Friday, June 9, 2017

Sessions Response to Comey Testimony

During his testimony, Comey mentioned Russia when explaining why he and other FBI staffers expected Sessions to recuse himself from Russia-related probes weeks before the attorney general stepped aside from the investigation.

“Our judgment, as I recall, was that he was very close to and inevitably going to recuse himself for a variety of reasons,” Comey said on Thursday. “We also were aware of facts that I can’t discuss in an open setting, that would make his continued engagement in a Russia-related investigation problematic and so we were—we were convinced and in fact, I think we had already heard that the career people [at the Justice Department] were recommending that he recuse himself, that he was not going to be in contact with Russia related matters much longer.”


In a Thursday evening statement, a spokesman for Attorney General Jeff Sessions pushed back on several aspects. [...] “Given Attorney General Sessions’ participation in President Trump’s campaign, it was for that reason, and that reason alone, the Attorney General made the decision on March 2, 2017 to recuse himself from any existing or future investigations of any matters related in any way to the campaigns for President of the United States,” Prior said in the statement.

Can't wait to hear the FBI report on Sessions' contact with Russians.
Sessions’ spokesman also disputed Comey’s description of an encounter the two had after a meeting on Feb. 14.

Comey said that following a meeting on that day, Trump pressured Comey to drop an investigation into Michael Flynn, Trump’s former national security adviser. After the meeting, Comey told Sessions that he cannot be left alone with Trump, Comey testified. Comey said that Sessions did not offer a verbal reply.

Sessions’ spokesman said in the Thursday statement that Sessions did reply verbally to Comey, however.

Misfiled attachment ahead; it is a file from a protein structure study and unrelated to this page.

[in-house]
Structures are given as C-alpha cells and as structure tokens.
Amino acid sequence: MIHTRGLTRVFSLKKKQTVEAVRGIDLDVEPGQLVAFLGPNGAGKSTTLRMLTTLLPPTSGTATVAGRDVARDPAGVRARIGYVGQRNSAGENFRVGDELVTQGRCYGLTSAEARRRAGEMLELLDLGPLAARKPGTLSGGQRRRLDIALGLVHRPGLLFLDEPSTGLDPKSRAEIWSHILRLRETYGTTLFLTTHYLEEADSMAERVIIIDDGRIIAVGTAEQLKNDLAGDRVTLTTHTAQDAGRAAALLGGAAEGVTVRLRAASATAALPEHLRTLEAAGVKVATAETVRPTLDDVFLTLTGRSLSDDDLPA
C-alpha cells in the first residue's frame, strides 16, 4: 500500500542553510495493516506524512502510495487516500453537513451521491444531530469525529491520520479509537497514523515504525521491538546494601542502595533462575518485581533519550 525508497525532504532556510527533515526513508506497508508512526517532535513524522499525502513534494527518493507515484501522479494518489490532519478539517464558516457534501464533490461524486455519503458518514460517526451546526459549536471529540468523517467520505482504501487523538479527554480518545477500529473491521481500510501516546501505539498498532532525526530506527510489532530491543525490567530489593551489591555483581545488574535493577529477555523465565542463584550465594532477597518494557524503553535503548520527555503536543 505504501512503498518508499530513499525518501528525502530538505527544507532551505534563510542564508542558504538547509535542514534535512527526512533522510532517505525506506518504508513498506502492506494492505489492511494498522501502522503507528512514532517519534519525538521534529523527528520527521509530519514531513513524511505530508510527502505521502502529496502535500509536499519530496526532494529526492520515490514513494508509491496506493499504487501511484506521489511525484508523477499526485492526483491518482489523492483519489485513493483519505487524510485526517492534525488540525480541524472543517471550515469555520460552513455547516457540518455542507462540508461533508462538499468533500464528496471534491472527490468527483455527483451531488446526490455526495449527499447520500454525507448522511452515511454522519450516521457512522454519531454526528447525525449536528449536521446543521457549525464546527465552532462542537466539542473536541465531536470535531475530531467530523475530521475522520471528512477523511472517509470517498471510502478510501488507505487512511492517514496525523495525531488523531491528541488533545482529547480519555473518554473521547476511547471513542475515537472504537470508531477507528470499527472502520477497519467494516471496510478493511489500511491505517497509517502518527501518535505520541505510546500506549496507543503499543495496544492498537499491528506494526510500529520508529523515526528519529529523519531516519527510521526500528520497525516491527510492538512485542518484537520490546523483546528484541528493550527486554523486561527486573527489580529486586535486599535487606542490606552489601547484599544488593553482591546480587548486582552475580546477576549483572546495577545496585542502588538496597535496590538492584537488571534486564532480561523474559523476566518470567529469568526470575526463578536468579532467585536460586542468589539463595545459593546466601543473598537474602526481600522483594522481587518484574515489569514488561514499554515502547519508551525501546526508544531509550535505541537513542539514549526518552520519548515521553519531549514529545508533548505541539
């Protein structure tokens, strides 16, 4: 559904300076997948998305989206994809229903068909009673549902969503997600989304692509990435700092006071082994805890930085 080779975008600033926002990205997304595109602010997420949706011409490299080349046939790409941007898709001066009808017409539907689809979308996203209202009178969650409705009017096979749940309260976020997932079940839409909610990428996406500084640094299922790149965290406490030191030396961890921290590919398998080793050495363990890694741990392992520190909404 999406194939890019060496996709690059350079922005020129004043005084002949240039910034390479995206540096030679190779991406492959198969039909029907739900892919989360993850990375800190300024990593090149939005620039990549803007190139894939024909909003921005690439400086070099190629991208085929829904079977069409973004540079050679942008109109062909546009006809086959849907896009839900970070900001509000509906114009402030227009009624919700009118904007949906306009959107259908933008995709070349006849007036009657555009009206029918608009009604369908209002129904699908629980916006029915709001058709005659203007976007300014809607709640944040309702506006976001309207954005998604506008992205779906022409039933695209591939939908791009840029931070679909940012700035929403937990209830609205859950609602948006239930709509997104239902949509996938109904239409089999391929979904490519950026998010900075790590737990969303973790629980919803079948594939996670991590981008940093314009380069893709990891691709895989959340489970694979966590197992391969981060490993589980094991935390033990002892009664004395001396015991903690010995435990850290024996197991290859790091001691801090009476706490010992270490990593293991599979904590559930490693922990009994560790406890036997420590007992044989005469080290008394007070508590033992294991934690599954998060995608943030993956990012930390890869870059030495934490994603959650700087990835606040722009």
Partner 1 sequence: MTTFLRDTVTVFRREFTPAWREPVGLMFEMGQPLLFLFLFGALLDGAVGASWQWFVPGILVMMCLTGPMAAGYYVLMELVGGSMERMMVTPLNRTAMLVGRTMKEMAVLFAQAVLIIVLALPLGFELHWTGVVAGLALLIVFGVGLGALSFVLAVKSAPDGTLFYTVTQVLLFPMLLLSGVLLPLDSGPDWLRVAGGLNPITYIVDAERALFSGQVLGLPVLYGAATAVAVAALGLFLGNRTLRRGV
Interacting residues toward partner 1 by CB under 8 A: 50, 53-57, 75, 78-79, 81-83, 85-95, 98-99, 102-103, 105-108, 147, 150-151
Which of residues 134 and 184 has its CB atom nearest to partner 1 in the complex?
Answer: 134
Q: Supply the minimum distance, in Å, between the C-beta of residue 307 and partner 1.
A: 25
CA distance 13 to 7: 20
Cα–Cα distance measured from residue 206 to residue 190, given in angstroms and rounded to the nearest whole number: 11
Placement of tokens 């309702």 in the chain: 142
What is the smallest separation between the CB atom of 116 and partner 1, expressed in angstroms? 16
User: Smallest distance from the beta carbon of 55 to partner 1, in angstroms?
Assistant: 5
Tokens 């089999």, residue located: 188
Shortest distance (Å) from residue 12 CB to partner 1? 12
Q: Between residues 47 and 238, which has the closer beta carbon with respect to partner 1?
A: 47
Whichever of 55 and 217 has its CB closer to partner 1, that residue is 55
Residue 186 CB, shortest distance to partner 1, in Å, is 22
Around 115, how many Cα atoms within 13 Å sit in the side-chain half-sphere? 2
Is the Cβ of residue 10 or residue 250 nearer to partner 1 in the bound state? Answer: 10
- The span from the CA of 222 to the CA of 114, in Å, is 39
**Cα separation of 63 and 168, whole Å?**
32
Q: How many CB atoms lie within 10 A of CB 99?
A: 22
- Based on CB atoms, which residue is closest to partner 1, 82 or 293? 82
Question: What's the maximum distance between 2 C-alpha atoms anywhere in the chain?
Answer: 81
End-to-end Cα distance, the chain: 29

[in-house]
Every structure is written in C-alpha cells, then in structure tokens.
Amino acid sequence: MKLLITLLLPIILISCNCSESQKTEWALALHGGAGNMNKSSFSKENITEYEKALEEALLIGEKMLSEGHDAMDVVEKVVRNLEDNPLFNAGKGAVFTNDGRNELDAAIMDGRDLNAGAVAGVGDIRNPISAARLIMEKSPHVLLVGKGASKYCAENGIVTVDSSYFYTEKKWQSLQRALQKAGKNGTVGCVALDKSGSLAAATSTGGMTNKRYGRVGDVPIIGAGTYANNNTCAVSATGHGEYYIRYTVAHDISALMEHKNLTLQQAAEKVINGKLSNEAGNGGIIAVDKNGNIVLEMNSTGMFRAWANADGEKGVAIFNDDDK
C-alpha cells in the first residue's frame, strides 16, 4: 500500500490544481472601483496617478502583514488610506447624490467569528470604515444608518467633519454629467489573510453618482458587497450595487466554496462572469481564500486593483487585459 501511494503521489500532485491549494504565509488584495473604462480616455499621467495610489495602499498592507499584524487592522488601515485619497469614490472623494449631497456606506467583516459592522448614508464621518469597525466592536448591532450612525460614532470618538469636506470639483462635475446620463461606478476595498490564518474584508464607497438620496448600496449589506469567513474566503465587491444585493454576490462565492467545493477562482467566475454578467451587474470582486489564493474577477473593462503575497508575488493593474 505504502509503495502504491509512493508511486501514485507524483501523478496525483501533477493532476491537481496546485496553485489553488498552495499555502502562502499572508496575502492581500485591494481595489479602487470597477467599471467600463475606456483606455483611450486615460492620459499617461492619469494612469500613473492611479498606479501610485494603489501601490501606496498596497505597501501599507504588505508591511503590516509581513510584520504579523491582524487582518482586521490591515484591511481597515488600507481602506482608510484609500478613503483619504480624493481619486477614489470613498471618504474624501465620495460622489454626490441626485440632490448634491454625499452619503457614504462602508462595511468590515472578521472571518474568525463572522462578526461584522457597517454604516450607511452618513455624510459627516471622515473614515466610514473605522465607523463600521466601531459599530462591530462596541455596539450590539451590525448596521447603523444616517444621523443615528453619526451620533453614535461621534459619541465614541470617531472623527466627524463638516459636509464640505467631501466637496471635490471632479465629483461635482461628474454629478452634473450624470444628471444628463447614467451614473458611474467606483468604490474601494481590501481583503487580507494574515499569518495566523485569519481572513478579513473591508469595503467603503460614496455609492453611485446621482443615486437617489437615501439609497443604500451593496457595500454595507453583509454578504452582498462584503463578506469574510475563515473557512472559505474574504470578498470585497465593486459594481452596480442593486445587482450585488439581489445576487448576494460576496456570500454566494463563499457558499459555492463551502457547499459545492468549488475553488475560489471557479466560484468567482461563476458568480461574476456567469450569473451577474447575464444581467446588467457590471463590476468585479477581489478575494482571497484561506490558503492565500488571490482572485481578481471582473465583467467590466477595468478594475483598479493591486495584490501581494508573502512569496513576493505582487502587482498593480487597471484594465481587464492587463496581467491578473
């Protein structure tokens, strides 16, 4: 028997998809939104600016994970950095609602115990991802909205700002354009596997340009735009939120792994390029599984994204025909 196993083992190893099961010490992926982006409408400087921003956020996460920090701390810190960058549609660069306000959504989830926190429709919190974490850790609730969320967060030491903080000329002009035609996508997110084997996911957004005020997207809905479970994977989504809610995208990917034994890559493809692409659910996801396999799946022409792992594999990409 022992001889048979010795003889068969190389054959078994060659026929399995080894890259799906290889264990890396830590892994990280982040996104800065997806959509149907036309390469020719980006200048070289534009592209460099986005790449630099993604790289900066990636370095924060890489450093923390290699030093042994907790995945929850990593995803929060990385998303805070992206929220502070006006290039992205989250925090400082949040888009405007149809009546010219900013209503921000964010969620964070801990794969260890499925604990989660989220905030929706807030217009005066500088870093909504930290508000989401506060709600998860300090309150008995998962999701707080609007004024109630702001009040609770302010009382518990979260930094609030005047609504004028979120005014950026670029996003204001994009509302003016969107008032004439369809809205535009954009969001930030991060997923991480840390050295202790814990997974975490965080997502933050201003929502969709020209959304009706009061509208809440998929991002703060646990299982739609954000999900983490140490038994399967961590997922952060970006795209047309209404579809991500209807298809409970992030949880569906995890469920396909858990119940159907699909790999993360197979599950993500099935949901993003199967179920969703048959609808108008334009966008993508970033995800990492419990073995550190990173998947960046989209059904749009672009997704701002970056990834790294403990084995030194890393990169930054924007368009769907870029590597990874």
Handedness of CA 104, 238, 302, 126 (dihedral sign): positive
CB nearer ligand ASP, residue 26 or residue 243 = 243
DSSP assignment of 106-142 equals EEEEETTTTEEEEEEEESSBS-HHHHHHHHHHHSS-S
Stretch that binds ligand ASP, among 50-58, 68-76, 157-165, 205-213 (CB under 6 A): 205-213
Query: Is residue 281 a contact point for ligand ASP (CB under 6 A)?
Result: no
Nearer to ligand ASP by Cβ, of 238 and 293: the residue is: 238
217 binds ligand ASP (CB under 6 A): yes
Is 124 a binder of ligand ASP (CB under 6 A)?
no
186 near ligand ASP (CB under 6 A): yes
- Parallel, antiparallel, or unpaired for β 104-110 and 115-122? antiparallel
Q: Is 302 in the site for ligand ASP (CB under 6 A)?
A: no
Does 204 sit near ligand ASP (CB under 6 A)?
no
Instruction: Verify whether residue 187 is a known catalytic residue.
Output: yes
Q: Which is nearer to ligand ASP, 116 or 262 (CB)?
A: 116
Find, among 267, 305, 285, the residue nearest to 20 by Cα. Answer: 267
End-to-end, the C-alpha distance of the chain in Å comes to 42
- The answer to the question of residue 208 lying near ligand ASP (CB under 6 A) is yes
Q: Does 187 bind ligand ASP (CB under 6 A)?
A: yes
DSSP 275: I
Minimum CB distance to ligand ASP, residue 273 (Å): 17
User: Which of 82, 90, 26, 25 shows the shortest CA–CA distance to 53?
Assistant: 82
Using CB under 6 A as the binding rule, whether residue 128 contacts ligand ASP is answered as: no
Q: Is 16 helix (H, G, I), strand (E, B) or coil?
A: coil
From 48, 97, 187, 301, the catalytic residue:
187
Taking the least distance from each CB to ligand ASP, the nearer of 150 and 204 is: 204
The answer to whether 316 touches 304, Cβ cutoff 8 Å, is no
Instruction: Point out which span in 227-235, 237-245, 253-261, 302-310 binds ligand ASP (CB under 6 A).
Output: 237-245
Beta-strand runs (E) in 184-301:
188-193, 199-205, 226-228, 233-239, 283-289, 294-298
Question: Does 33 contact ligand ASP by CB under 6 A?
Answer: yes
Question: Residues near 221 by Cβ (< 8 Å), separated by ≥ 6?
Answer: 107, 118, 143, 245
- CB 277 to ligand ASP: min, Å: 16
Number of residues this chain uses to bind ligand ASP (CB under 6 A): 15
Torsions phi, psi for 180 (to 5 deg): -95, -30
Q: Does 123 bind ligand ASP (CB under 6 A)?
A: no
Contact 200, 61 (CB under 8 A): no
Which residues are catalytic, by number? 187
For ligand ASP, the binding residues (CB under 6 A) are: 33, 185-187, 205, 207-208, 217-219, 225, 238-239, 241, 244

“The Attorney General was not silent; he responded to this comment by saying that the FBI and Department of Justice needed to be careful about following appropriate policies regarding contacts with the White House,” Prior said in the statement.
And if he doesn't have any contemporaneous written document to back that up, he loses in court. All this administration cares about is the court of public opinion, however, and indeed, that is often more impactful than legal results.

Sessions has already lied about contact with Russians and had to provide a CYA letter about it to the Senate Judiciary Committee.
During my confirmation hearing, Senator Franken asked the following question:

 [...] CNN just published a story alleging that the intelligence community provided documents to the president-elect last week that included information that quote, "Russian operatives claimed to have compromising personal and financial information about Mr . Trump." These documents also allegedly say quote , "There was a continuing exchange of information during the campaign between Trump's surrogates and intermediaries for the Russian government."


[I]f it's true, it's obviously extremely serious and if there is any evidence that anyone affiliated with the Trump campaign communicated with the Russian government in the course of this campaign, what will you do?


I responded: "Senator Franken, I'm not aware of any of those activities. I have been called a surrogate at a time or two in that campaign and I didn't have -- did not have communications with the Russians, and I'm unable to comment on it."

[...]  [ed: now for the real story...]

As I discussed publicly on March 2, 2017, I spoke briefly to the Russian Ambassador at the Republican National Convention in Cleveland, Ohio, in July 2016. This was at the conclusion of a speech I had made, when I also met and spoke with other ambassadors. In September 2016, I met with the Russian Ambassador at my Senate office in the presence of members of my professional Senate staff. I do not recall any discussions with the Russian Ambassador, or any other representative of the Russian government, regarding the political campaign on these occasions or any other occasion.

  Sessions letter to Charles Grassley & Dianne Feinstein, Senate Judiciary Committee
...but hey, do what you will anyway.

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